Privacy is of the utmost importance to all of us these days — it’s one of the reasons we password-protect all of our online accounts, after all. As you’ve probably heard, a Microsoft employee has been arrested for leaking information about Windows to a third party as well as the activation SDK. There has been something of a furore following the revelation that Microsoft was able to hone in one the source of the leaks by accessing the email account of the third party (“the third party’s Microsoft operated accounts”).
Ordinarily it would be reasonable to expect a court order to be required for such action to be taken, but Microsoft has made it clear that it feels this is not the case. Whilst maintaining that “we believe that Outlook and Hotmail email are and should be private,” the company explains that it “took extraordinary actions based on the specific circumstances [in this case]”.
But this does little to assuage the fears of those who now have concerns that their accounts could be accessed at any time; the revelations about the activities of the NSA have put many people in a state of high alert. Microsoft says that “our actions were within our policies and applicable law”
The statement goes onto say that “courts do not … issue orders authorizing someone to search themselves,” — the implication being that searching through the emails stored in a Hotmail or Outlook.com account equates to Microsoft searching through its own data as these are both Microsoft services. This is the part that many people have a problem with, as it opens up the possibility that anyone’s account could be accessed in the same way. Microsoft explains that its “terms of service make clear our permission for this type of review”.
To help allay these concerns, there is the caveat that this happens “only in the most exceptional circumstances”. It is possible to understand where Microsoft is coming from here. Just as the NSA can justify some of its actions by saying that surveillance was only carried out with a view to preventing crime and catching terrorists, so Microsoft is able to fall back on its terms of service documentation and the fact that user accounts were only accessed with a view to obtaining legal redress.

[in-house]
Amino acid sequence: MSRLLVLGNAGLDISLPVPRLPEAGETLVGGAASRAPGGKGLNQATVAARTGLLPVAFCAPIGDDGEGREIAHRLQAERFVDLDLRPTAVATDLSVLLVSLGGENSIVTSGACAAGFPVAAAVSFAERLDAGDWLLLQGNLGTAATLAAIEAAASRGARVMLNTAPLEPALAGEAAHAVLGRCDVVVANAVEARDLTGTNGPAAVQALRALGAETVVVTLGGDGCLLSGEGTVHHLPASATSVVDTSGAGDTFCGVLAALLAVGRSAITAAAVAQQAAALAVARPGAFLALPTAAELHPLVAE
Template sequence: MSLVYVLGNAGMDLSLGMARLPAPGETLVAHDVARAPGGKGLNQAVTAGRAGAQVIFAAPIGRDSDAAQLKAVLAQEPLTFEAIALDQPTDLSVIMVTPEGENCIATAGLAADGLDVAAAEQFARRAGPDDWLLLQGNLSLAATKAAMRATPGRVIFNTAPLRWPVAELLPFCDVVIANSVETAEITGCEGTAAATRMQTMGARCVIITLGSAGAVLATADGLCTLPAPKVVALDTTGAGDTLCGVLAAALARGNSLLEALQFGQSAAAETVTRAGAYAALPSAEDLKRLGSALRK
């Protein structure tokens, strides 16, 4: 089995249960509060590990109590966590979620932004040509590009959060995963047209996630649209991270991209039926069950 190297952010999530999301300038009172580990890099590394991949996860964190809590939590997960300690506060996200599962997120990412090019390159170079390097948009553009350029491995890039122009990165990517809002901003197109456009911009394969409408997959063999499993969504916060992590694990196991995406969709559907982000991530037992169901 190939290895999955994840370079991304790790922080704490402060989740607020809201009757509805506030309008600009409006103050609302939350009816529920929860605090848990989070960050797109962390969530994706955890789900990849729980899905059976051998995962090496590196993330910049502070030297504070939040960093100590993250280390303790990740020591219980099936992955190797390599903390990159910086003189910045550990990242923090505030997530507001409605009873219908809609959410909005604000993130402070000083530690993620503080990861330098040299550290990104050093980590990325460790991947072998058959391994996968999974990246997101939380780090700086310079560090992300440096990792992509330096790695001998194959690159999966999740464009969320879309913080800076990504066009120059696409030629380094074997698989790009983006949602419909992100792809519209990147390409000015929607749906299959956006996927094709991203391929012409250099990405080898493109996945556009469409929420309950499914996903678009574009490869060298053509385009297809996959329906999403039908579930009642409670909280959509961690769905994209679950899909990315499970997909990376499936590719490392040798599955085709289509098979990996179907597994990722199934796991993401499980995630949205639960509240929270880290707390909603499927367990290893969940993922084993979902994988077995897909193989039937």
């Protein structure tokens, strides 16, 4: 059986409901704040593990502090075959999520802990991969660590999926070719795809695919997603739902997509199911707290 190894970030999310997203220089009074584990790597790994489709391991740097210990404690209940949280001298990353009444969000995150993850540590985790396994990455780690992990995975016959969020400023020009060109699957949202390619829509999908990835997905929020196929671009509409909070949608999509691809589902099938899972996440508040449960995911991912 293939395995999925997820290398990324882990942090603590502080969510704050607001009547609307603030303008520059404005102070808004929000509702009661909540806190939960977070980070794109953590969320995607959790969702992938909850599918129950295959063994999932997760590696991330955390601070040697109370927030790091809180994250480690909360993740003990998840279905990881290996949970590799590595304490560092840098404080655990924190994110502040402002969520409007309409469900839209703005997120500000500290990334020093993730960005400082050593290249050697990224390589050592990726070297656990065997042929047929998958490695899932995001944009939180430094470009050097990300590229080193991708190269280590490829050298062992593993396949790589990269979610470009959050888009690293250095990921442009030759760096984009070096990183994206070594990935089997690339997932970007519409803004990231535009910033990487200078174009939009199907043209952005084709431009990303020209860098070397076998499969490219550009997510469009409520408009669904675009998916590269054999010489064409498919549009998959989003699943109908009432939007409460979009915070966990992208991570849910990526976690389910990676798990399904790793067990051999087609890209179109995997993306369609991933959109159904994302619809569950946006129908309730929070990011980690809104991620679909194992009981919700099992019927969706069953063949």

But while Microsoft’s position is something many people will be able to empathize with, there will still be ongoing concerns. The defence that: “In this case, there was a thorough review by a legal team separate from the investigating team and strong evidence of a criminal act that met a standard comparable to that required to obtain a legal order to search other sites” is slightly difficult for some to digest. It almost sounds as though Microsoft has taken the law into its own hands.
Microsoft is keen to be seen to do the right thing, and to this end the company has announced four procedures and promises that will be implemented:
- Customer accounts will not be searched unless it could be justified by a court order.
- A separate legal team will be used to assess the evidence collected by the investigating team. The skills of an outside attorney who is a former federal judge will also be called upon.
- If searches are conducted, only data relevant to the investigation will be included.
- The number of account searches that are performed will be published in Microsoft’s bi-annual transparency report.
What do you think of Microsoft’s actions? Is the terms of service documentation sufficient to permit search user data without a court order? Have you even read through the policy documents that grant Microsoft permission to access your data when circumstances demand it?
It is, of course, worth pointing out that Microsoft is far from being alone in having these clauses in their policies. If you were to take the time to sift through the policies of other companies’ services, you will find numerous similar paragraphs in the user agreements you have signed up to.